Finally, reading "Academically Adrift: Limited Learning On College Campuses" may also cause you to rethink the whole subject of higher education in America. For example, has the time finally come to discard the "college for all" philosophy that has been in vogue in this country for the past 30 or 40 years? Clearly not everyone belongs in college and buying into this philosophy only serves to prop up an extremely bloated system. When I was in high school guidance counselors served as "gatekeepers" pointing the less academically gifted students in the direction of vocational schools and other career opportunities. Let's face it, there is an awful lot of money to be made in the trades these days. Furthermore, I believe it is time to reexamine the wisdom in taking out college loans in order to finance an education. A shocking number of students never even graduate and are left with nothing but a mountain of debt to show for it. At the same time, many students emerging from four year institutions are not only poorly educated but also find themselves tens of thousands of dollars in debt to boot. I think there is an awful lot of wisdom in going the community college route. And what kind of a market is there for those individuals who choose to major in subjects like "area, ethnic, cultural and gender studies"? If these folks can't find a job please don't blame me or society-at-large. Frankly, we don't want to hear it! Finally, if parents and students make the decision to go to college it is extremely important that the student is fully focused on what he/she really wants to accomplish in school. All too often Arum and Roksa found students who had absolutely no idea what they were doing in college and really were "academically adrift". At the end of the day Richard Arum and Josipa Roksa have given us a very scholarly and well-researched book. Since I am not from academia I found myself struggling with terminology from time to time. "Academically Adrift: Limited Learning On College Campuses" will challenge much of what you believe about higher education in the United States. This is a thought-provoking book that is well-worth your time. Highly recommended!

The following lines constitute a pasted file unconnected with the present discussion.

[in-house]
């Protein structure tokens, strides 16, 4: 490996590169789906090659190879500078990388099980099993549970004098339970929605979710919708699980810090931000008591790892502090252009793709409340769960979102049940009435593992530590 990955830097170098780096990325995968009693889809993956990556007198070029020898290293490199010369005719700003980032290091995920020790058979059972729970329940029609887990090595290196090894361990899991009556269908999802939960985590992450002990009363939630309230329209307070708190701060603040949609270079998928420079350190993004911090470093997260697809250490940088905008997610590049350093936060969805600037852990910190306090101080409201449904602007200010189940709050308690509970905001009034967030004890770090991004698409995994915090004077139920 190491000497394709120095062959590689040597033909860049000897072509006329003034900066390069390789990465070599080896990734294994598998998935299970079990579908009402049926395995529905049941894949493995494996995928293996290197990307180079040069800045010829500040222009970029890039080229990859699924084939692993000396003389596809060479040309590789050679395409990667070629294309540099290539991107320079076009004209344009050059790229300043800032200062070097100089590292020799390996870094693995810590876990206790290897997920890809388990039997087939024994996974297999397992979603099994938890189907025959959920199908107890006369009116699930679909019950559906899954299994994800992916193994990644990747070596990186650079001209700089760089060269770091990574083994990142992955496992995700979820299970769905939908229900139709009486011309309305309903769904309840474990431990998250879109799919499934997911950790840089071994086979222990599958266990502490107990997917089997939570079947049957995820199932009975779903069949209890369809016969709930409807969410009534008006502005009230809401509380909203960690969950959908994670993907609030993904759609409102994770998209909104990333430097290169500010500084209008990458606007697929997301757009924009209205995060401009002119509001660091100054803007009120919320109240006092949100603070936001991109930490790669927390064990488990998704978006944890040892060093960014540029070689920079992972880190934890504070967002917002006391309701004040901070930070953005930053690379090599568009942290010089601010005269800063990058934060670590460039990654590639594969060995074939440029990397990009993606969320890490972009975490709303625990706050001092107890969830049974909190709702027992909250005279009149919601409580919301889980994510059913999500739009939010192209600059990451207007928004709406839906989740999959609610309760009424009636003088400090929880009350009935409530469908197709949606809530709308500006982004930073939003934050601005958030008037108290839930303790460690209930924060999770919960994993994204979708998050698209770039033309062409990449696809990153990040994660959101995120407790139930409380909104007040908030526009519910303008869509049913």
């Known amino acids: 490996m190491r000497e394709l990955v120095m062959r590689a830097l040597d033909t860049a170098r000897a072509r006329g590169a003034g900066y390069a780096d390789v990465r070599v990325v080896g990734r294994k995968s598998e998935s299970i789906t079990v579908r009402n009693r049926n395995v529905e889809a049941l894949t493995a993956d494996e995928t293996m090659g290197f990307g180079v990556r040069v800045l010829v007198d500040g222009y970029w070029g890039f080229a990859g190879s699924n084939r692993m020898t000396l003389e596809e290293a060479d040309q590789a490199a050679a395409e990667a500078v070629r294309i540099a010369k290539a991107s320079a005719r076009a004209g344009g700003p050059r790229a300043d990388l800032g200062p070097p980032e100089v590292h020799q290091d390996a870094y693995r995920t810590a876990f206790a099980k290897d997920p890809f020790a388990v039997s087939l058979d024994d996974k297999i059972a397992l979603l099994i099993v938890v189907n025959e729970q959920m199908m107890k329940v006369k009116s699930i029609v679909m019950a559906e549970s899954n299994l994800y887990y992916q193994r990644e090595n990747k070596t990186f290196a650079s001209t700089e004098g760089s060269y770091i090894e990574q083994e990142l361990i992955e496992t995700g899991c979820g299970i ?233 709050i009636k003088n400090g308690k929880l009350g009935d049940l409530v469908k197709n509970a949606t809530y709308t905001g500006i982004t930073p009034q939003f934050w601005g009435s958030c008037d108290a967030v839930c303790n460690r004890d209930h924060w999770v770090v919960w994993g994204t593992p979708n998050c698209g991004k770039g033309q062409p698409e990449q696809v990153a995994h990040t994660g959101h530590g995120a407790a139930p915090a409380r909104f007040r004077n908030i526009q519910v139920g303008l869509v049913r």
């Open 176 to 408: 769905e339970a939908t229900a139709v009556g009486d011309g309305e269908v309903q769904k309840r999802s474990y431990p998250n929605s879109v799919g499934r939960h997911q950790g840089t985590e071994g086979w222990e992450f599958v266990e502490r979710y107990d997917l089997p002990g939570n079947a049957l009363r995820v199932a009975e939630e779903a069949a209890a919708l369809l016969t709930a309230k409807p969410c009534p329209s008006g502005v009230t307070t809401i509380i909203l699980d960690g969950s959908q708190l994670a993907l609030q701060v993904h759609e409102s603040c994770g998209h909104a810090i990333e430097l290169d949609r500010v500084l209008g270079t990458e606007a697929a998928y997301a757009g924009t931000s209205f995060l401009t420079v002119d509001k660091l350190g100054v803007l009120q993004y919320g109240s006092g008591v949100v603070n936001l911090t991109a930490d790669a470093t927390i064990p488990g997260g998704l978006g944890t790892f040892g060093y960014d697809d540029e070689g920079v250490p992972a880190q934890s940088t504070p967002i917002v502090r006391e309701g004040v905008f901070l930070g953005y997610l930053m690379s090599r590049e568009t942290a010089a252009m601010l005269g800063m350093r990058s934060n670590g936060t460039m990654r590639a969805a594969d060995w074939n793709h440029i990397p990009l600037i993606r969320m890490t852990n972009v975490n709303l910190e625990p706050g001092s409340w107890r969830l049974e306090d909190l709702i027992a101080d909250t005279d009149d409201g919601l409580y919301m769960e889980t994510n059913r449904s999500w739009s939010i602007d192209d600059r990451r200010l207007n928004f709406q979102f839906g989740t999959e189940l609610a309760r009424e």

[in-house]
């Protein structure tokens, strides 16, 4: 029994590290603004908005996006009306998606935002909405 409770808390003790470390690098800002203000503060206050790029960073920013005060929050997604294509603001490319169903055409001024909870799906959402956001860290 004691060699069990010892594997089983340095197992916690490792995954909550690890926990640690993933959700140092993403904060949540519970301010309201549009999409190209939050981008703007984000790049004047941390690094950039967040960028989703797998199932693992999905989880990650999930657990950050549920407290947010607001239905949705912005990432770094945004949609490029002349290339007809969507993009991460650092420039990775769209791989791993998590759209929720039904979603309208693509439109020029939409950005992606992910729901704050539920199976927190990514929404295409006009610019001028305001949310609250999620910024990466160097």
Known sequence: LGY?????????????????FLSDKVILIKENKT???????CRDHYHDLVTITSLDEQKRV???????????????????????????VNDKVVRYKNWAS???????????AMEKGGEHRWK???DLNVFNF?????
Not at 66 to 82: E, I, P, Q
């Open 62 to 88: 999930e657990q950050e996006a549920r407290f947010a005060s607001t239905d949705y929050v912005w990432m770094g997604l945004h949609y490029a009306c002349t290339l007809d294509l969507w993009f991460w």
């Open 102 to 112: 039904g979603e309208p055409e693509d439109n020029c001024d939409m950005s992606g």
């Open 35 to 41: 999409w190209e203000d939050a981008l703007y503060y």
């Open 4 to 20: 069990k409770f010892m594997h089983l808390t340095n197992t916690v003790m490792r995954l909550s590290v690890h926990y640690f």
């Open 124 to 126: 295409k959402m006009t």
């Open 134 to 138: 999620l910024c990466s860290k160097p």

I agreed with many of the authors' recommendations about increased rigor and correspondingly increased resources
In education. Yet many students are unprepared so as individual faculty increased rigor can be completely impractical. And for adjuncts it is nearly impossible. Their job security depends on good student evaluations. Yet they teach the vast majority of the foundation courses. They, even more than tenured faculty need institutional support for rigor in teaching.